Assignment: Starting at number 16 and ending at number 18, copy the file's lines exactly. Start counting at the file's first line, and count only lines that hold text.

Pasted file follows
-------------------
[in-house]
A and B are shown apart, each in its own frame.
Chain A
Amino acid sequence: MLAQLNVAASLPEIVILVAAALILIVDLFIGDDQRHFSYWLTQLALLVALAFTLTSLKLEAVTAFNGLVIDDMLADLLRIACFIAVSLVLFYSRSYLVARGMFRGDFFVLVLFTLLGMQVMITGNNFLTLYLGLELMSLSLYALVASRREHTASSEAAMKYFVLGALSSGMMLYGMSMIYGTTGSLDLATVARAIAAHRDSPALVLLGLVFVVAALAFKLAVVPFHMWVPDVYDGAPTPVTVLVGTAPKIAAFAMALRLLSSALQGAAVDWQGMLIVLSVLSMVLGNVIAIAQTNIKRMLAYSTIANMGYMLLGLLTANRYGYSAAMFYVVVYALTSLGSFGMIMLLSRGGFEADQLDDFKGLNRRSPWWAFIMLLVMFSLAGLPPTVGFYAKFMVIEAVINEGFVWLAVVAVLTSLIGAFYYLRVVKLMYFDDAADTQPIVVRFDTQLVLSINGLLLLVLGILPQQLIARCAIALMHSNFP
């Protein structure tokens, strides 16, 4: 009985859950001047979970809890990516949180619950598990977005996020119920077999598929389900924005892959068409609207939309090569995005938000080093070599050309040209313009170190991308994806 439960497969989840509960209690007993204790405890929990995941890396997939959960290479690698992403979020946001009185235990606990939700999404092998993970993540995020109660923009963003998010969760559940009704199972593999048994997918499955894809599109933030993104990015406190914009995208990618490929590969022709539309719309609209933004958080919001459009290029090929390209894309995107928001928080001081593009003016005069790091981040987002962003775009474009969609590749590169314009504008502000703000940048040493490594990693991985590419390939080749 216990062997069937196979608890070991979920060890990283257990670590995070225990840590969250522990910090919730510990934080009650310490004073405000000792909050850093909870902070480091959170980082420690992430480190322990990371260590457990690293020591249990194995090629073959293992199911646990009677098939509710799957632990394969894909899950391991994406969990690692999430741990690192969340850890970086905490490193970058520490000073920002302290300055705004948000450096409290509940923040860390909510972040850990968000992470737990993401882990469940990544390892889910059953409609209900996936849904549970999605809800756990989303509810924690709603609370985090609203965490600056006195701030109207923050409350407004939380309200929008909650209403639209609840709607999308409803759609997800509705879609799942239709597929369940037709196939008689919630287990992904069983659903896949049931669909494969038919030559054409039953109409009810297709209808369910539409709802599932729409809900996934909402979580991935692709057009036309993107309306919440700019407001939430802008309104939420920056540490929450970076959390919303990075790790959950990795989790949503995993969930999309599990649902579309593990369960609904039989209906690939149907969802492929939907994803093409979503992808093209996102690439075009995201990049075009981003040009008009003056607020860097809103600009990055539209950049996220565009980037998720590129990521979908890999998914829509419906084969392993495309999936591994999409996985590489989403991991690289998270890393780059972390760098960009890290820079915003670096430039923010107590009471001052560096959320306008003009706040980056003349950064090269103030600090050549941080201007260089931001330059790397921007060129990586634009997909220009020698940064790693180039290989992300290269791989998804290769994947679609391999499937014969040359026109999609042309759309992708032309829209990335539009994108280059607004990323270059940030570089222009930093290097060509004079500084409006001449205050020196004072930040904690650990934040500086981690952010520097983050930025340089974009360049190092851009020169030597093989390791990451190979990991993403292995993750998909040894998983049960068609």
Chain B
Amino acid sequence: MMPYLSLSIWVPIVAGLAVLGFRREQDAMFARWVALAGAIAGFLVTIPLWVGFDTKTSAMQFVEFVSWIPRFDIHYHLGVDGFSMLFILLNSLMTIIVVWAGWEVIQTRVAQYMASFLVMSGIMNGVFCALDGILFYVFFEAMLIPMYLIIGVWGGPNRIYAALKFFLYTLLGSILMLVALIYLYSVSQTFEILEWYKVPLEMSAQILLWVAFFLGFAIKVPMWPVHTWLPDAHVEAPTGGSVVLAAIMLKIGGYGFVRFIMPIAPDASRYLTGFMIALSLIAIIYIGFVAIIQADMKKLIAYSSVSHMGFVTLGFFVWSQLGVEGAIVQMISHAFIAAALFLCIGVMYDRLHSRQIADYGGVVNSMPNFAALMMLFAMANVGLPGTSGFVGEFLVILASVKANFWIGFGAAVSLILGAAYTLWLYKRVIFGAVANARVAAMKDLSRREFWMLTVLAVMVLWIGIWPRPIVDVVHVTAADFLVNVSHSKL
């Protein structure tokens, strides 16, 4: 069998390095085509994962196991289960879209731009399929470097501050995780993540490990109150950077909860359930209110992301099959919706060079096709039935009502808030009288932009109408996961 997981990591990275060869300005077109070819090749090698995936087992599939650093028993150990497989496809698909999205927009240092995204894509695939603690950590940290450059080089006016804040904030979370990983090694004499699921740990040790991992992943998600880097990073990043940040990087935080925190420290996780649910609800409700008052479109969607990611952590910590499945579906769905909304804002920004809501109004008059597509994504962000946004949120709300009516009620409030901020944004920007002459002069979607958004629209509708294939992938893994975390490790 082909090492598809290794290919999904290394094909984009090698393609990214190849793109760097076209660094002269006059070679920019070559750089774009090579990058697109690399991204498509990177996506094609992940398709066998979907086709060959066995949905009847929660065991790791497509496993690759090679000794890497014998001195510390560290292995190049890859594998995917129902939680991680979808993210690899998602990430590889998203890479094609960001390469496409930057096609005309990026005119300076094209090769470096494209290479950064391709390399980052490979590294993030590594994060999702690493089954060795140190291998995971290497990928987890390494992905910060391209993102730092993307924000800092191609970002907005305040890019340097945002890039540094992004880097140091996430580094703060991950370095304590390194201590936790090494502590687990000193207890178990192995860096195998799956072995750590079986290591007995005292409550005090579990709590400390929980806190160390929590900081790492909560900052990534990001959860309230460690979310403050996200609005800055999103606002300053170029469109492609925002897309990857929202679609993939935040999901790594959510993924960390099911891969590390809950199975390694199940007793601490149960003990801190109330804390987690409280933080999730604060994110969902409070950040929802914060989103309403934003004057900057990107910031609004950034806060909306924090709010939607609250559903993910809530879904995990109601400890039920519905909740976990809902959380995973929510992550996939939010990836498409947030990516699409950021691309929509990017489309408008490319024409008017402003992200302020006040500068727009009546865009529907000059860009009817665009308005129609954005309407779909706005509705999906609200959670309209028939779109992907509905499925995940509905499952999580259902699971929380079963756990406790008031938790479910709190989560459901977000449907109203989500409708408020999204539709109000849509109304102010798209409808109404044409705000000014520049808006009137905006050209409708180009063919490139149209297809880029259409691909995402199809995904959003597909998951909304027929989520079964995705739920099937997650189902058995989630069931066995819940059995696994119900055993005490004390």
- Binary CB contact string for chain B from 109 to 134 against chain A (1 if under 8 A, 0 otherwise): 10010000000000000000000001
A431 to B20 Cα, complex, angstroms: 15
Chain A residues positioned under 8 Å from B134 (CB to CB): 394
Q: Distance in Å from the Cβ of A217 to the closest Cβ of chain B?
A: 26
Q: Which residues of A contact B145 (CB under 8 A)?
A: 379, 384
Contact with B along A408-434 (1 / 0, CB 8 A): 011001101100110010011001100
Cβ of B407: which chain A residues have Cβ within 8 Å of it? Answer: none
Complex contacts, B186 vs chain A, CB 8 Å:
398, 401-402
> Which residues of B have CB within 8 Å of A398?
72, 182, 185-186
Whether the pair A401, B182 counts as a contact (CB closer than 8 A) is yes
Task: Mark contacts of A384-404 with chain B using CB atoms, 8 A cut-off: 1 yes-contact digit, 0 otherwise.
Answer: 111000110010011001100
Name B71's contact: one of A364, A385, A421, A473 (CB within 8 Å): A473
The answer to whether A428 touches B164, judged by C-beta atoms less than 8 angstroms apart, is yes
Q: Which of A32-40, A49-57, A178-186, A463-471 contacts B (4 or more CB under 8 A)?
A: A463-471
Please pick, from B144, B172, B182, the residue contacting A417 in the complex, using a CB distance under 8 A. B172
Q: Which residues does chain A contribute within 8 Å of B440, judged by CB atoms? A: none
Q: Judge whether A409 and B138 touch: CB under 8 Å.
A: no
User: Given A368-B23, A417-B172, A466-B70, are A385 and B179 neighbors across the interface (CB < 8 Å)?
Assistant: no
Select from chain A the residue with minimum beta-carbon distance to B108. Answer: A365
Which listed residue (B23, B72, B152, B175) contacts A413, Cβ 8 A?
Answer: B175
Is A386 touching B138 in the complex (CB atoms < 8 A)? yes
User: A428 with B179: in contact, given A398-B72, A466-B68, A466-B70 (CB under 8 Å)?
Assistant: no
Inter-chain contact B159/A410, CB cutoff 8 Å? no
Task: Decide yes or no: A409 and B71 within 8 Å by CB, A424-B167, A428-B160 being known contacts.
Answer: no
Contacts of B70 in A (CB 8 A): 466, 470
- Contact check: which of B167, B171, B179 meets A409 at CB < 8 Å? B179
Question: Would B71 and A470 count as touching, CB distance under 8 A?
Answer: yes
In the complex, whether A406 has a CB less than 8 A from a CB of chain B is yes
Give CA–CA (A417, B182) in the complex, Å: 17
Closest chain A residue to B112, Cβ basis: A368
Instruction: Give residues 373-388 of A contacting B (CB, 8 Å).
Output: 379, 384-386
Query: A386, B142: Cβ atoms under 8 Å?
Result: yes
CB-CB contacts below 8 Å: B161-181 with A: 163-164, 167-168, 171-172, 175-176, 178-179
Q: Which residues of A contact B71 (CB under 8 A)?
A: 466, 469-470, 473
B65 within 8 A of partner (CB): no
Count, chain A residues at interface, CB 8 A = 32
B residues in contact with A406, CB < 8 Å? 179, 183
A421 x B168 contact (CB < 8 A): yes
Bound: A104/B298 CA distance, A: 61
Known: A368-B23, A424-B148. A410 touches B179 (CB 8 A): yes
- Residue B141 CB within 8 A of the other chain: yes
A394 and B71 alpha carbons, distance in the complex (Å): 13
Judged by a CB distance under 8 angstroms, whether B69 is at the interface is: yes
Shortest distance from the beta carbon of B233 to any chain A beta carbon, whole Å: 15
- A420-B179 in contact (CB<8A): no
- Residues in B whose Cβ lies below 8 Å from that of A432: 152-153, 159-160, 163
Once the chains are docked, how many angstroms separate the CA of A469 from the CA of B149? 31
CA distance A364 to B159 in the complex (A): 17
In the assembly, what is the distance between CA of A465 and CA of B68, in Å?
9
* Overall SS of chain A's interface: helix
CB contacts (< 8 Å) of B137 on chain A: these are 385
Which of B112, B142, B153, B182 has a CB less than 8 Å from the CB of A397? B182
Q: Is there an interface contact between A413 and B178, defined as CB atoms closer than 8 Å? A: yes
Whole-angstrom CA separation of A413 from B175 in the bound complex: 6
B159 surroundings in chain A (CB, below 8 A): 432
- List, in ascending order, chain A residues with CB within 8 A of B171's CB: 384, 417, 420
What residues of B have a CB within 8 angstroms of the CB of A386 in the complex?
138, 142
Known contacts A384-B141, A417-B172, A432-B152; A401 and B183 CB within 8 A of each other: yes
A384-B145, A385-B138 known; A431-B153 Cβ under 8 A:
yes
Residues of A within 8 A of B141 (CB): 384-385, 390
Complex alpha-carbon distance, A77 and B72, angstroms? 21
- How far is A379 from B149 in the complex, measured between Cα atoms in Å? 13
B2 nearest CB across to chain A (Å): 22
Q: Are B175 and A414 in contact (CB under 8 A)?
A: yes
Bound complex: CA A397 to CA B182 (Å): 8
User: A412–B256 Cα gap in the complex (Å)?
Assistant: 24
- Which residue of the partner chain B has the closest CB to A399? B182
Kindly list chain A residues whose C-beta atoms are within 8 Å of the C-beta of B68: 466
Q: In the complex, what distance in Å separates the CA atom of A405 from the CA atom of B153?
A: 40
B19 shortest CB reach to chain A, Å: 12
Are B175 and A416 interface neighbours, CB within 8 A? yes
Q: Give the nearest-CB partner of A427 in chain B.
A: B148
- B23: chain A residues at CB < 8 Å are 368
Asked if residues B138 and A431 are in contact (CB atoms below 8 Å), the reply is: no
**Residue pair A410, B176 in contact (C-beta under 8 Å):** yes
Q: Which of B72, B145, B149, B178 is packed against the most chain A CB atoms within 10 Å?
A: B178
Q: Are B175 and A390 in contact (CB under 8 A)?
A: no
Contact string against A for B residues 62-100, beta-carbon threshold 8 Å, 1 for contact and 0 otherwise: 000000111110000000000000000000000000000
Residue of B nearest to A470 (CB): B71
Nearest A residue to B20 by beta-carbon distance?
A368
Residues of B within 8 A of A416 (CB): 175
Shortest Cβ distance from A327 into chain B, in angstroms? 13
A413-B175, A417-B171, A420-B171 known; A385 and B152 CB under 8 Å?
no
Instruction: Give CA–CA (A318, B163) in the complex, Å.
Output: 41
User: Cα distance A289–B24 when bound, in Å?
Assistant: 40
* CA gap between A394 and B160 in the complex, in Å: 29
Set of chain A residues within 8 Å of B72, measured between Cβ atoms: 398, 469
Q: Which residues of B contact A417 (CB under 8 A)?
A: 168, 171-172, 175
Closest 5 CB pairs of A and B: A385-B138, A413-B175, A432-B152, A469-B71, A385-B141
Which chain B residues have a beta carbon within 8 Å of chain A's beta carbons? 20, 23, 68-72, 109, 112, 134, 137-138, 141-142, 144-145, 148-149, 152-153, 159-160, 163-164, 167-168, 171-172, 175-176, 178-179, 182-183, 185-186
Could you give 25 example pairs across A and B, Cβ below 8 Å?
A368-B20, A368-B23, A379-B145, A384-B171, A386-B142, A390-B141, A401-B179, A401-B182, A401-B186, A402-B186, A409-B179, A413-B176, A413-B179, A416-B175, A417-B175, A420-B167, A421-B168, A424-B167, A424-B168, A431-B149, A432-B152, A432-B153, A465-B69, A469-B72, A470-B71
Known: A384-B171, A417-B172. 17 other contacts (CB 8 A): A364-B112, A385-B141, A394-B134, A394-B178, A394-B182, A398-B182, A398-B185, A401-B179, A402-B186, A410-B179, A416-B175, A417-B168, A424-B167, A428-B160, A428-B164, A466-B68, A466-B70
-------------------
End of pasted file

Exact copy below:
Contact with B along A408-434 (1 / 0, CB 8 A): 011001101100110010011001100
Cβ of B407: which chain A residues have Cβ within 8 Å of it? Answer: none
Complex contacts, B186 vs chain A, CB 8 Å: